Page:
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Harbin Z-9 (Haitun)

Medium-Lift Multirole Helicopter

Harbin Z-9 (Haitun)

Medium-Lift Multirole Helicopter

OVERVIEW
SPECIFICATIONS
ARMAMENT
VARIANTS
HISTORY
MEDIA
OVERVIEW



The Chinese Harbin Z-9 series medium helicopter is a license-produced version of the French Eurocopter Dauphin.
National Flag Graphic
ORIGIN: China
YEAR: 1994
STATUS: Active, In-Service
MANUFACTURER(S): Harbin Aircraft Manufacturing Corporation - China
PRODUCTION: 200
OPERATORS: Bolivia; Cape Verde; China; Kenya; Laos; Mali; Mauritania; Namibia; Pakistan
SPECIFICATIONS



Unless otherwise noted the presented statistics below pertain to the Harbin Z-9 (Haitun) model. Common measurements, and their respective conversions, are shown when possible.
CREW: 2
LENGTH: 37.53 feet (11.44 meters)
WIDTH: 39.37 feet (12 meters)
HEIGHT: 13.16 feet (4.01 meters)
WEIGHT (EMPTY): 4,409 pounds (2,000 kilograms)
WEIGHT (MTOW): 9,039 pounds (4,100 kilograms)
ENGINE: 2 x Zhuzhou Aeroengine Factory WZ-8A turboshaft engine developing 848 horsepower each.
SPEED (MAX): 190 miles-per-hour (305 kilometers-per-hour; 165 knots)
RANGE: 621 miles (1,000 kilometers; 540 nautical miles)
CEILING: 14,764 feet (4,500 meters; 2.80 miles)
RATE-OF-CLIMB: 1,800 feet-per-minute (549 meters-per-minute)




ARMAMENT



OPTIONAL (with armed variants):

Air-to-Air Missiles
Air-to-Surface Missiles
Cannon pods
Rocket Pods
Machine Gun Pods
VARIANTS



Series Model Variants
• Z-9 - Base Series Designation of license-produced Eurocopter AS.365N1 Dauphin transport helicopter.
• Z-9A - Locally-produced variant of the Eurocopter AS.365N2 Dauphin (improved) transport helicopter.
• Z-9A-100 - Civil transport version; fitted with WZ8A series turboshaft engines.
• Z-9B - Multirole variant based on the Z-9A-100 production model.
• Z-9C - License-produced copy of the similar Eurocopter AS.565 Panther series (militarized Dauphin); exported to Pakistan (Navy).
• Z-9EC - Pakistani Navy Anti-Ship Variant; dipping sonar system; integrated radar array; radar warning receiver; increased countermeasures.
• Z-9W (WZ-9) - Attack Variant of the base Z-9; added optics and wing pylons for armament support.
• Z-9WA - Night Variant; FLIR system in chin turret; various optics.
• Z-9G - Export Designation of Z-9WA production models.
• H410A - Armed Variant; fitted with WZ8C series turboshaft engines; FLIR system in chin turret.
• H425 - VIP Variant based on the H410A production model.
• H450 - Proposed Unknown Variant
• WZ-19 - Proposed Stealth Attack Helicopter; featuring tandem seating for flight crew.


HISTORY



Detailing the development and operational history of the Harbin Z-9 (Haitun) Medium-Lift Multirole Helicopter.  Entry last updated on 6/22/2018. Authored by Staff Writer. Content ©www.MilitaryFactory.com.
Harbin Aircraft Manufacturing Corporation of China began local-license production of the French Aerospatiale AS365 Dauphin in 1981 as the Harbin Z-9 (NATO: "Haitun"). The original AS365 - a multirole helicopter - was developed in the early 1970s and saw its first flight in 1975 to which serial production began in 1978. A militarized version then appeared as the AS565 "Panther" which considerably broadened the type's reach on the battlefield. Initial Z-9s were produced in China from kits delivered by Aerospatiale and was formally introduced into service with Chinese military forces in 1994. Subsequent production has seen the series reach 200 examples including a dedicated armed attack variant known as the "Z-9WZ". The AS365 is now associated with the Eurocopter brand label as Aerospatiale became defunct in July of 2000.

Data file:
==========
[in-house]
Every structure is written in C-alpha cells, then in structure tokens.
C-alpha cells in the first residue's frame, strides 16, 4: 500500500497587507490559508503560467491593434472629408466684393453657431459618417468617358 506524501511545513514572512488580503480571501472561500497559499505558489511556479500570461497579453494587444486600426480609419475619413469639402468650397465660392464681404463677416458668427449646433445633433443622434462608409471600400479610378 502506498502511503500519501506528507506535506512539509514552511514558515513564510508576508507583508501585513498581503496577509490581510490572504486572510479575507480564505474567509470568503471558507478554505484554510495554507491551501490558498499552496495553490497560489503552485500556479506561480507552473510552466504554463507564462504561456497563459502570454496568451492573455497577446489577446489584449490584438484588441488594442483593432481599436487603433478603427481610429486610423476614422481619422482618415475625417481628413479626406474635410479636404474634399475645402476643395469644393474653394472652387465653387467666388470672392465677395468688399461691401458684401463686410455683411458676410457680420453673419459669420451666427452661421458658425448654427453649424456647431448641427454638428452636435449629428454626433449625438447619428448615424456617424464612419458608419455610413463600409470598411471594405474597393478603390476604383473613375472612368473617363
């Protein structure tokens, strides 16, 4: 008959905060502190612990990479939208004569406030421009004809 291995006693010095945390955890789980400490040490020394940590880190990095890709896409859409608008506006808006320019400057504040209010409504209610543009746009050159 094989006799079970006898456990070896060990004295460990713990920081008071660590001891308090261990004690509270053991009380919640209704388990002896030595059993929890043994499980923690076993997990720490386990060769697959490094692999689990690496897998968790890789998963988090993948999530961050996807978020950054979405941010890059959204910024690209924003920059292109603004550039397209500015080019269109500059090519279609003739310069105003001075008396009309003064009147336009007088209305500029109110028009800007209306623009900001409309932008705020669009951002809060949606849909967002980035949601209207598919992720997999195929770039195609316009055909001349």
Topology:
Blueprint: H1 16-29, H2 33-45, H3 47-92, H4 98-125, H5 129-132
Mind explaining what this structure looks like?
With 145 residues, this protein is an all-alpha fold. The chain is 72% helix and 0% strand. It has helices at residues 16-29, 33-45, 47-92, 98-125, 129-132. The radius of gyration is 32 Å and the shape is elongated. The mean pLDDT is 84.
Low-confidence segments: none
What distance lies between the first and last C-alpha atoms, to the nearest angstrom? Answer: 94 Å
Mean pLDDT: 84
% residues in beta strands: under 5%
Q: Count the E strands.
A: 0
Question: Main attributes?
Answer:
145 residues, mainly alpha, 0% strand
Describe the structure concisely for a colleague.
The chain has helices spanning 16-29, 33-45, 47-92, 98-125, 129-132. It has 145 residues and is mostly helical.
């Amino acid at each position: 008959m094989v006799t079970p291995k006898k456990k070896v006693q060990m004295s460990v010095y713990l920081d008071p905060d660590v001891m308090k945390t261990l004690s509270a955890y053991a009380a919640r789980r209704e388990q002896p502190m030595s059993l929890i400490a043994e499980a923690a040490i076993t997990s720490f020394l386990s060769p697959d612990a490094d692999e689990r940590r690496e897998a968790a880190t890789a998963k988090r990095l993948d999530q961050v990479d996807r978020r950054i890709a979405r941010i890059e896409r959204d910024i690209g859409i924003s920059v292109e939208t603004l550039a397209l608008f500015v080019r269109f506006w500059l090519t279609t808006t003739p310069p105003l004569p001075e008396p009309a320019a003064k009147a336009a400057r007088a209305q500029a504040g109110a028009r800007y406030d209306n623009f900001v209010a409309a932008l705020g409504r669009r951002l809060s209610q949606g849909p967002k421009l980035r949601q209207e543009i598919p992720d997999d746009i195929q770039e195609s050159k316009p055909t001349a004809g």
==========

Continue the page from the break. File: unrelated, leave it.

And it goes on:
The Chinese Z-9 retains much of the appearance of its French counterpart, proving the design sound and robust. The fuselage is well streamlined with the two-seat cockpit well-ahead in the configuration. Both pilots manage excellent vantage points from their respective side-by-side seating as most of the forward panels are transparent, allowing for unfettered upward, downward, forward and side-to-side views. The nose assembly is a short rounded cap. Aft of the cockpit is the passenger cabin which is externally dominated by large rectangular windows. The engines are situated atop the cabin and house a pair of turboshaft powerplants driving the four-blade main rotor and a tail rotor shrouded in a Fenestron assembly. The Fenestron assembly works to counter both the inherent torque effect of the main rotor blades (which tend to rotate the aircraft opposite the direction of rotation) and dulls noise levels of the tail rotor to an extent. While effective, Fenestron shrouds tend to be a costlier option than conventional open-air tail rotors. The tail rotor is driven by the engines via a shaft running inside the tail stem. Vertical tail fins are located along the sides of the stem and are extended out via short pylons. There is also a primary vertical tail fin atop the Fenestron shroud, integrated cleanly into the design. The Z-9 features a wheeled tricycle undercarriage that is wholly retractable, the nose landing gear sporting a pair of rubber-tired wheels while each main landing gear leg is assigned one.